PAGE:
Monthly Archives: February 2013

Reticence

Revisiting an old post…

April 21, 2011

 I have stated before that I am a bit of a recluse.  Reticent.  Reserved–well, in public at least.  I’m not the most social of animals its true.  Some asshat once compared me to an anemone and only people  willing to risk my sting could get in.  Although, this was in a bar, and I think he was just telling me this to rub up against me.  And  it turned out this anemone had a hidden barracuda, and kicked that clownfish to the curb.
Its just that…well…I don’t like people.  I find them annoying 90% of the time.  What with their jabbering on about nonsense like weather and traffic and the price of gas,  and  wanting to exchange small-talk, and half of them having no concept of personal space–physical or otherwise.  I don’t like ’em.  Me and Jonathan Swift–we’re like this *holds up crossed fingers*  Friggin Lilliputians.
So, you can imagine the whole “park scene” isn’t really mine.   I once discussed that scene here.  And in some ways, Ben’s Autism has served me in this.  He isn’t social, so I don’t’ really have to be.  Or when he is his version of social, the parents of his new squeeze toys usually DON’T want to talk to me.  Nor I them, honestly.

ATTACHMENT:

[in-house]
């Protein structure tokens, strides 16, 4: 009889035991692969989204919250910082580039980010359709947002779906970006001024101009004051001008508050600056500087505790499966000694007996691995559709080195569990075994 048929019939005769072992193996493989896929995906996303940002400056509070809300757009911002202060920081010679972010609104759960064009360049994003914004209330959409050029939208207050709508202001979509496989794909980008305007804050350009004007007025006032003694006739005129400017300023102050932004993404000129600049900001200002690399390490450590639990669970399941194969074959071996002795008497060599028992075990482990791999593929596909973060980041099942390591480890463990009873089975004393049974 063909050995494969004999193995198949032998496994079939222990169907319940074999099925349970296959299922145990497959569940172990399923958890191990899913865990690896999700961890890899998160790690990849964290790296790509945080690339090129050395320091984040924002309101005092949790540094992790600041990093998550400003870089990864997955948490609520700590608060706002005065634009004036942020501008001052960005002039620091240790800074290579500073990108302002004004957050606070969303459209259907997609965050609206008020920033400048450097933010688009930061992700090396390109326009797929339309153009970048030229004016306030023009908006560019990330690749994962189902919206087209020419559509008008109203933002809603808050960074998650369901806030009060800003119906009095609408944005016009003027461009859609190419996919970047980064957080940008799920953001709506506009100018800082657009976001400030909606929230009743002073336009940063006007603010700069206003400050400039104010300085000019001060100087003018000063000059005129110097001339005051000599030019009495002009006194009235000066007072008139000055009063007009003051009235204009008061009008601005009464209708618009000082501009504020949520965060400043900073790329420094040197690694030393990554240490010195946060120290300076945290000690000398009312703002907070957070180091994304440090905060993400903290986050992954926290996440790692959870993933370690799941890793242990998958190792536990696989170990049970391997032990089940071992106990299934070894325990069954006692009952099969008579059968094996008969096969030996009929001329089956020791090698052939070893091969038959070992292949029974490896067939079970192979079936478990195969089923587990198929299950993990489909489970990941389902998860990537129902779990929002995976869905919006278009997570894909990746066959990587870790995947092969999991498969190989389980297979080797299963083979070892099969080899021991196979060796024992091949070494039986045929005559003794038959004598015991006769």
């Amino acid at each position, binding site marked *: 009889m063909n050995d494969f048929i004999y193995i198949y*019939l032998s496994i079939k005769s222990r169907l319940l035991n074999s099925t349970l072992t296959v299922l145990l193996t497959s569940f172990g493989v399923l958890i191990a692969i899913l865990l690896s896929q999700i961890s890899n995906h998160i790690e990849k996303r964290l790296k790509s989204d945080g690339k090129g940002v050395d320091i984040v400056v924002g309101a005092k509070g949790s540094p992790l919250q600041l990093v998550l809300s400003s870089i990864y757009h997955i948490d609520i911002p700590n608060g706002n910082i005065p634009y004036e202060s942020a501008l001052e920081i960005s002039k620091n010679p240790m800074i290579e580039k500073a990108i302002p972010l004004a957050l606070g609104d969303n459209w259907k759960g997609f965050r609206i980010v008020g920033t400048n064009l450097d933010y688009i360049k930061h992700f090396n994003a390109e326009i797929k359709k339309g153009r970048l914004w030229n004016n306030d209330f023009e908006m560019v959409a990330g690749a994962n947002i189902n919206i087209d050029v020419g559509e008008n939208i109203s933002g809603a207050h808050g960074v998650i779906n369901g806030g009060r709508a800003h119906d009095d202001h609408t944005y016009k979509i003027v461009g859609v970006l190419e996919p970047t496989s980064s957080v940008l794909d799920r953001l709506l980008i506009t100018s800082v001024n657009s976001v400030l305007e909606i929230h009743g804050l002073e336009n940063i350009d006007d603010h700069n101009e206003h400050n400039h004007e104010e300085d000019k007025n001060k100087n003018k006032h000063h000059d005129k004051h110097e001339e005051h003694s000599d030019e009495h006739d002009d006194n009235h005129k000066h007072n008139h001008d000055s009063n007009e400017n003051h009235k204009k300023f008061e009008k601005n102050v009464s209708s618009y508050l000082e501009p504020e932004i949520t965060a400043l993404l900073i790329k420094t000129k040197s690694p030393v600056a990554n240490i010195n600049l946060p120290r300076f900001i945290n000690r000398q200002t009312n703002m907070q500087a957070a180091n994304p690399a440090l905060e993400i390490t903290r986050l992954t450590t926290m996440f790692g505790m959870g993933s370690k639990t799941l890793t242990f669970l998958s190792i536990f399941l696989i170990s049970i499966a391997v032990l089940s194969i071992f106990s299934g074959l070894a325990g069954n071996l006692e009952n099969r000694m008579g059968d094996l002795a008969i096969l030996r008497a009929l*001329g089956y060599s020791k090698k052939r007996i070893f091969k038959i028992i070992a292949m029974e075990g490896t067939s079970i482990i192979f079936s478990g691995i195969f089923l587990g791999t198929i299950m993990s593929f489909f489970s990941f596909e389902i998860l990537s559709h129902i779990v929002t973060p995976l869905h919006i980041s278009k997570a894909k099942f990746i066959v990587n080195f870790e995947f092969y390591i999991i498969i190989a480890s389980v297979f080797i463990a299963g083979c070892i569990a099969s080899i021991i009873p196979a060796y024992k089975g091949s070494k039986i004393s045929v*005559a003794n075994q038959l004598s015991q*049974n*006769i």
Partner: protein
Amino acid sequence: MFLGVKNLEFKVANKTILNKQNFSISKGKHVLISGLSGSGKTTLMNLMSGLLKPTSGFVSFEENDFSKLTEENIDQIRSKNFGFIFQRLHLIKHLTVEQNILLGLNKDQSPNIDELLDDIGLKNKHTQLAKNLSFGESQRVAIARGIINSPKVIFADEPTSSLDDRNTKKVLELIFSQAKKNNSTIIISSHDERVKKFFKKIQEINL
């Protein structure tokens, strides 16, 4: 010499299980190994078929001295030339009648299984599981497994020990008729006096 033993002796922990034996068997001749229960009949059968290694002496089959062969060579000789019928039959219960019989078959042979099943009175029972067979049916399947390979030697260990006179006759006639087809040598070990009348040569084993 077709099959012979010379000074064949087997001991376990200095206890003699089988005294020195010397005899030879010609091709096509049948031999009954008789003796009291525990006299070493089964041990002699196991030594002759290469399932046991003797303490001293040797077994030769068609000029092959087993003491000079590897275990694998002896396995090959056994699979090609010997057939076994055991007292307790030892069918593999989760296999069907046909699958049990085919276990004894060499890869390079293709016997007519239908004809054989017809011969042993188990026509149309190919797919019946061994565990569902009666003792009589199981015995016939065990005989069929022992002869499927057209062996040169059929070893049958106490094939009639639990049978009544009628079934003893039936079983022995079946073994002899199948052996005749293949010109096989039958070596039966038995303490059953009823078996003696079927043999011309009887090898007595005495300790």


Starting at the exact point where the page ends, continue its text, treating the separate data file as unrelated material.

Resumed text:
But yesterday, at this torture chamber of sand and swingsets, I found a woman wanting DESPERATELY to make eye-contact with me.  She had a cute little munchkin, just getting the whole walking thing down, and she hovered over him like an LAPD helicopter over our house on a Friday night.  (hope my lack of sleep meant you caught your man, AirPigs™ ) Having served my sentence at the swings, I pushed Ben toward the climbing/sliding/bone breaker so that I could sit down  and exhibit this neighborhood’s version of poor parenting.
Anywhoosers, My kid was coming down  the slide while the previously mentioned larval form was standing at the bottom of said slide, so I granted her 2 seconds of eye contact to give her the silent nod/head’s up you’re kid’s about to eat it signal so she could rescue him in time.  Which she did like any sober attentive parent.